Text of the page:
• It appears that ShavingByTheNumbers is the first to use the term "neutral-angle shaving" and, within the context of shaving, the term "neutral blade angle". Neutral-angle shaving favors neither the guard nor the cap, justifying use of the word "neutral", while steep-angle shaving favors the guard and shallow-angle shaving favors the cap. Accordingly, we have neutral, steep, and shallow blade angles.
  • Blade width, the distance between cutting edges for a flat DE razor blade or the distance between the cutting edge and the spine edge for a flat SE razor blade, varies from brand to brand. Parameters depend on blade width, so a DE/SE blade having an average DE/SE blade width should be used for analysis. Careful physical and photographic analysis is required for accurate measurements.
  • The shave plane is a linear approximation of the skin surface. In real life, skin is flexible and deforms under pressure from the blade cutting edge, guard, and cap during a shave. Thus, the blade angle may differ significantly from the blade-to-skin angle, which varies during a shave and is the angle that truly relates to razor performance.
  • Regardless of whether blade exposure is positive or negative due to the blade cutting edge being on one side or the other of the shave plane, the blade cutting edge should contact the flexible skin surface for effective cutting of hair.
  • When blade exposure is positive with the neutral shave plane, zero blade exposure can be achieved with shave planes associated with steep and shallow blade angles relative to the neutral blade angle. For the steep shave plane, there is no cap span, and for the shallow shave plane, there is no guard span.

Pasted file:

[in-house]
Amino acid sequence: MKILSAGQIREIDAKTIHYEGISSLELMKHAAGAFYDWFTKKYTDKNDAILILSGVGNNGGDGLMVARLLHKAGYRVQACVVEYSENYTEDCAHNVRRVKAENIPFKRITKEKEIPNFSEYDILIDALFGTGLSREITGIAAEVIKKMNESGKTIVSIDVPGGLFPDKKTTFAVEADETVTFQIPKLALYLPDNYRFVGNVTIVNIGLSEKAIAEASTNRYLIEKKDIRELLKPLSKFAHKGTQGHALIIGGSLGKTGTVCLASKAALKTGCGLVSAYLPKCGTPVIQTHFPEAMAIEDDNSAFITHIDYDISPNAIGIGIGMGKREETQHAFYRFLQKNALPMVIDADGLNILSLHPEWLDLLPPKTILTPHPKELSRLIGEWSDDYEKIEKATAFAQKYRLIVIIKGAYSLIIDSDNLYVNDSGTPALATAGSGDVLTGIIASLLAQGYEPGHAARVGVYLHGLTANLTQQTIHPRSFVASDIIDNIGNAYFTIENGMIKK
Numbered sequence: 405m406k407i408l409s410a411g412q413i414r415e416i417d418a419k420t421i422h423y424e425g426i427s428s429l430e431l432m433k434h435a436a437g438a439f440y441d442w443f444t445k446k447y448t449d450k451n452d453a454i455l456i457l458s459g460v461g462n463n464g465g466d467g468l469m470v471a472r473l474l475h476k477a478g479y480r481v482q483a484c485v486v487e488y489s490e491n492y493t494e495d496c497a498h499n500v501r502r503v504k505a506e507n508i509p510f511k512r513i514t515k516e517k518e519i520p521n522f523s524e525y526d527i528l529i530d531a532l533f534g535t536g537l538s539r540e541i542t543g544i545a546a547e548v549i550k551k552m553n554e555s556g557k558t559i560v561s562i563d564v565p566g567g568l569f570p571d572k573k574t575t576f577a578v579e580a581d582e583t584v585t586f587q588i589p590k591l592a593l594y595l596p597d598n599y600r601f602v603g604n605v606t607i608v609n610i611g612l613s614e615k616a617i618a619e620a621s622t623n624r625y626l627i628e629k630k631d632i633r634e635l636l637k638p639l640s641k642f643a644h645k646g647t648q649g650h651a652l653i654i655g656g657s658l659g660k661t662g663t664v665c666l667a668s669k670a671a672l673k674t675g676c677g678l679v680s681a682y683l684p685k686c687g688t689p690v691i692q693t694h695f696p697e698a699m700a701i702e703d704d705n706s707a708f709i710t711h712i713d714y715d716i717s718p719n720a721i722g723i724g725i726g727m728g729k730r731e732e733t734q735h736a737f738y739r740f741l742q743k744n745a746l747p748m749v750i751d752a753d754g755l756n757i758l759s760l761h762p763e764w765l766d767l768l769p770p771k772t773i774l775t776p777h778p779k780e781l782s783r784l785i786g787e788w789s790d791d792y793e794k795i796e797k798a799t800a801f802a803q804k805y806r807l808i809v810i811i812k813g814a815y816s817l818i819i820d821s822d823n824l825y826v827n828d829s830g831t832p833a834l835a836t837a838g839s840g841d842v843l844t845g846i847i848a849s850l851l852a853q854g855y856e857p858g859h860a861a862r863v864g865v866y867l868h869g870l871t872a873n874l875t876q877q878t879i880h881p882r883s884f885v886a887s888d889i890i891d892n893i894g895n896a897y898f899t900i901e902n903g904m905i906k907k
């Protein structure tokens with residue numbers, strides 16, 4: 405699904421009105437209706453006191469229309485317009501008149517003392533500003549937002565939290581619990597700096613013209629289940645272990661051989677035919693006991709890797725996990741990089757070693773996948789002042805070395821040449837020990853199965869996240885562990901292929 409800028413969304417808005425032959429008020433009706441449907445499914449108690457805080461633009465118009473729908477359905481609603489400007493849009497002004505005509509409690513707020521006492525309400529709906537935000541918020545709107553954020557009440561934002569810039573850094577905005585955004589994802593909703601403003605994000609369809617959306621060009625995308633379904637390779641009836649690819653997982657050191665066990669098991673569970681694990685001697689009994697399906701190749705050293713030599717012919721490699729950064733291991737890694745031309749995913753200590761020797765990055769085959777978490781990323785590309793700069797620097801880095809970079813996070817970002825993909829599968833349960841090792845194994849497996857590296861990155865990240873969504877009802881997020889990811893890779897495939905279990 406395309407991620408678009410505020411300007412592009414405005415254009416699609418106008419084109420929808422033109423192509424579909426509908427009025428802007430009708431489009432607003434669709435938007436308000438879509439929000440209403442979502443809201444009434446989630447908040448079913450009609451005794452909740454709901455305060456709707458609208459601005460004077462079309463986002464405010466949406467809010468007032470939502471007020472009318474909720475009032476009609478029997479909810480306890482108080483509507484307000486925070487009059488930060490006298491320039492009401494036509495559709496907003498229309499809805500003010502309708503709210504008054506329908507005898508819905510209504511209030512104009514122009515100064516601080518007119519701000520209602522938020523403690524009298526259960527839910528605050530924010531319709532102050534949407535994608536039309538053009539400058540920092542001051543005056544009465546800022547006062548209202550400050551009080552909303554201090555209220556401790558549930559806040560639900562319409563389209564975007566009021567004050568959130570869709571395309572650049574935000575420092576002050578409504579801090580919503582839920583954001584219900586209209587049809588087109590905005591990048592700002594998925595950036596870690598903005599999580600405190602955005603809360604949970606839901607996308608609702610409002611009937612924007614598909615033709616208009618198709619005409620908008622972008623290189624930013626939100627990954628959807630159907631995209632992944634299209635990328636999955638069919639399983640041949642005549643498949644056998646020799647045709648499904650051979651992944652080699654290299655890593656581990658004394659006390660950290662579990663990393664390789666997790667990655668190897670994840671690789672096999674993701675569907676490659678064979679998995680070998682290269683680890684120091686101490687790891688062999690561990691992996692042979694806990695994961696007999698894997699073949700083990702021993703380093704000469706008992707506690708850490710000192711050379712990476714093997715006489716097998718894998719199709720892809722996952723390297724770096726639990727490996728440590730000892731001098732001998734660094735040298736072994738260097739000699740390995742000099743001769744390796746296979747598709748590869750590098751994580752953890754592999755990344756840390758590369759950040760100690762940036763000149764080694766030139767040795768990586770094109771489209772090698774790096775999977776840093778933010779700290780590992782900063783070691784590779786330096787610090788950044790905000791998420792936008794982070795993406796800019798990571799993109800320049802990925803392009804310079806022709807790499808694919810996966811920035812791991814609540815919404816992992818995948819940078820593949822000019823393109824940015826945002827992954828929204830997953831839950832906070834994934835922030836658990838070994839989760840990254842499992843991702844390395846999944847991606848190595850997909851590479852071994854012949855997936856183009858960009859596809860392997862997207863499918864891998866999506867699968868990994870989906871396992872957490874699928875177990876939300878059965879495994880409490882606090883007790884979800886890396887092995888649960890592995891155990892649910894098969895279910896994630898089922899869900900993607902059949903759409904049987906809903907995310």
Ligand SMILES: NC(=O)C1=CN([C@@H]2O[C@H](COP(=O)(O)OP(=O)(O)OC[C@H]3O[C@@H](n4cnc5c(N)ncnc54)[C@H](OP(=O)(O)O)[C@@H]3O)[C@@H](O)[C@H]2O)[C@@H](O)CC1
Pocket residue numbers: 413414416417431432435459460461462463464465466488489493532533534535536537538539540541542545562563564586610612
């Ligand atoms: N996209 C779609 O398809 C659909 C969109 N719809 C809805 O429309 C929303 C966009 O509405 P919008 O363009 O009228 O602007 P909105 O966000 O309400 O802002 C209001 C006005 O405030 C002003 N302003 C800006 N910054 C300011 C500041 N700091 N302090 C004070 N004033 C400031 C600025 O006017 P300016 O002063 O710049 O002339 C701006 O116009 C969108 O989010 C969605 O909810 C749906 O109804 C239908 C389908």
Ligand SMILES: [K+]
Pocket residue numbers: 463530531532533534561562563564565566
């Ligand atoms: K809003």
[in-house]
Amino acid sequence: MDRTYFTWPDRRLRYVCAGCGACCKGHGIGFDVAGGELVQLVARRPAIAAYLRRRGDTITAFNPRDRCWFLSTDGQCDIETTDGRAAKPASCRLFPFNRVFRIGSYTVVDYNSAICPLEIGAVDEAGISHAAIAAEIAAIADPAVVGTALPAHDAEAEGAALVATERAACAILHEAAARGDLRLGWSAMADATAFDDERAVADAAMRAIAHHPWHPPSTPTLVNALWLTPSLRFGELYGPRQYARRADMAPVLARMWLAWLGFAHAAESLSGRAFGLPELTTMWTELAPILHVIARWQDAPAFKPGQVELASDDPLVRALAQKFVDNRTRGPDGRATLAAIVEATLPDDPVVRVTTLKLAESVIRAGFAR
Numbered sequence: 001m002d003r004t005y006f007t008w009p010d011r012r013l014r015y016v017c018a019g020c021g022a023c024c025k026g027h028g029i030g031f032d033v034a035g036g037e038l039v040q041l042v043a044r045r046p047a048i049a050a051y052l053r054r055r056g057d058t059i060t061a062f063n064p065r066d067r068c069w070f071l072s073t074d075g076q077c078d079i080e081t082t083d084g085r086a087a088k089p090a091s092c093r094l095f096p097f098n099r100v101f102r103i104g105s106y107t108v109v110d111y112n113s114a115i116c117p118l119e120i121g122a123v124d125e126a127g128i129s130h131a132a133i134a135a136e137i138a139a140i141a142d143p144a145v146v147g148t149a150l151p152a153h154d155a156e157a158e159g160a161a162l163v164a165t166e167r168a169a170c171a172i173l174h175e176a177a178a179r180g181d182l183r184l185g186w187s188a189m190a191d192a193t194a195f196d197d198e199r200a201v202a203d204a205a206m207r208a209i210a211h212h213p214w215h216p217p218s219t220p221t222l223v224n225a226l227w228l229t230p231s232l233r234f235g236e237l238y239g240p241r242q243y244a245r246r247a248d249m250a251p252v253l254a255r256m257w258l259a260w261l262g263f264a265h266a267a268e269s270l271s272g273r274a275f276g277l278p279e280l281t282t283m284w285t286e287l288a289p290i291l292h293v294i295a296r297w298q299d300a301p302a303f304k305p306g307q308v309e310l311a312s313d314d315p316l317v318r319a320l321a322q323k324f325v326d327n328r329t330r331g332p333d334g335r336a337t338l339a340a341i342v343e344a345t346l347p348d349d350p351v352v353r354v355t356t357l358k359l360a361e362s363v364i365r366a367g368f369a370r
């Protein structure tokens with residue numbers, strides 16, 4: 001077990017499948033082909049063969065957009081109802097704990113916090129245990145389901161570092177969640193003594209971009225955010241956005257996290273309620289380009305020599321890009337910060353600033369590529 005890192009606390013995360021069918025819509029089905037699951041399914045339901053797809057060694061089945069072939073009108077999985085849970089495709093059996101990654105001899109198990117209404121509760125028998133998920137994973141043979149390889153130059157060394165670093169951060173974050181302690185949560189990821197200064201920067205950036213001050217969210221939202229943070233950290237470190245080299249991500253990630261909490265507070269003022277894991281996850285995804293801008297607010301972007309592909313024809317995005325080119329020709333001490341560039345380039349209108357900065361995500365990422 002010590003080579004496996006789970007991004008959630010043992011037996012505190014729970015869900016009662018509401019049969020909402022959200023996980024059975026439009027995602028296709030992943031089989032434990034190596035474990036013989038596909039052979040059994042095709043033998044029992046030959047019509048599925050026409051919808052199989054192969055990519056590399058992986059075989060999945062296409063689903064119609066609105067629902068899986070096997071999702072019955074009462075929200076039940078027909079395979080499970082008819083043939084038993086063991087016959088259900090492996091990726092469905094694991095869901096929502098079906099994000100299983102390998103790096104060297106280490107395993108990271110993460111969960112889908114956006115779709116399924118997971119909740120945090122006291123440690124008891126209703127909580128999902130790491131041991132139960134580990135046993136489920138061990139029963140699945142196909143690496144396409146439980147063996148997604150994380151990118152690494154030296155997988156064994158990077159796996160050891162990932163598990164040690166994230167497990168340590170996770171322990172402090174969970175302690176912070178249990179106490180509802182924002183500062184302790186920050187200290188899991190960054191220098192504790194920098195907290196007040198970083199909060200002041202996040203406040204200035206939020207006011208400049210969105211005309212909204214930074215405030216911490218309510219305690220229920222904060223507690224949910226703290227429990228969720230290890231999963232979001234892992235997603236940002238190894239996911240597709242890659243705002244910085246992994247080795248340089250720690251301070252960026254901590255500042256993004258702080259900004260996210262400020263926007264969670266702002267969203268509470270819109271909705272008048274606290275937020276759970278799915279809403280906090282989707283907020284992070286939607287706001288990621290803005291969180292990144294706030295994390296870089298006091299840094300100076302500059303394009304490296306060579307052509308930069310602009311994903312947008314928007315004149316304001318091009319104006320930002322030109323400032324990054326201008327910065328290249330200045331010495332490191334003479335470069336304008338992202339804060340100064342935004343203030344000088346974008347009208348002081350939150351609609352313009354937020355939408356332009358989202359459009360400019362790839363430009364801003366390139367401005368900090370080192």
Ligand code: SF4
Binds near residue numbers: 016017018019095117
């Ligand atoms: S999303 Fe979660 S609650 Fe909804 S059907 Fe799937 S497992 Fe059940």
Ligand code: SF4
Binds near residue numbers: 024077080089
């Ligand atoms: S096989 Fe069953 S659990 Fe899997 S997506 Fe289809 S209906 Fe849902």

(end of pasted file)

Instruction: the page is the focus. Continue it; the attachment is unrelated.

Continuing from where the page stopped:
• Blade gap is best measured by the thickest feeler gauge stack that can fit at most places between the guard and the blade cutting edge with room to spare, typically yielding a median value since blade gap often varies across the blade cutting edge. The author developed a set of micrometer-measured feeler gauge blade combinations in order to accurately measure blade gap to the nearest 0.01 mm (B&B URL).
  • For a given razor, an increase in blade width causes increases in blade reveal and blade exposure. However, when comparing different razors, more blade reveal does not mean more blade exposure. Blade reveal should not be confused with blade exposure.
  • Blade rigidity may seem dependent on blade reveal, but blade rigidity is only related to blade reveal in that free-end and clamp distances increase with increasing blade reveal.
  • Clamp distance, which only exists when the blade is clamped by the razor, curves with the blade and is greater than or equal to free-end distance.


  • October 17, 2017: 1st version of illustration was posted in a forum (B&B URL). Some safety razor parameters had been shown before at B&B and elsewhere, but never in such a comprehensive manner.
  • October 23, 2017: 2nd version of illustration was posted in forums (B&B URL 1, B&B URL 2, B&B URL 3). Notes were improved, the demonstration of blade angle between the blade and shave planes was made better, and most importantly, steep- and shallow-angle shaving were included with color delineation versus neutral-angle shaving. B&B member Cal helped make this version even better with his thoughtful feedback and suggestions.
  • November 8, 2017: 3rd version of illustration was posted in forums (B&B URL 1, B&B URL 2, B&B URL 3). Blade reveal was added and the bullet point on blade rigidity was improved.
  • November 26, 2017: This ShaveWiki page was created as a reliable location for the most up-to-date illustration and information about safety razor parameters.
  • November 27, 2017: 4th version of illustration. A short URL was added under the title and the last bullet point was modified.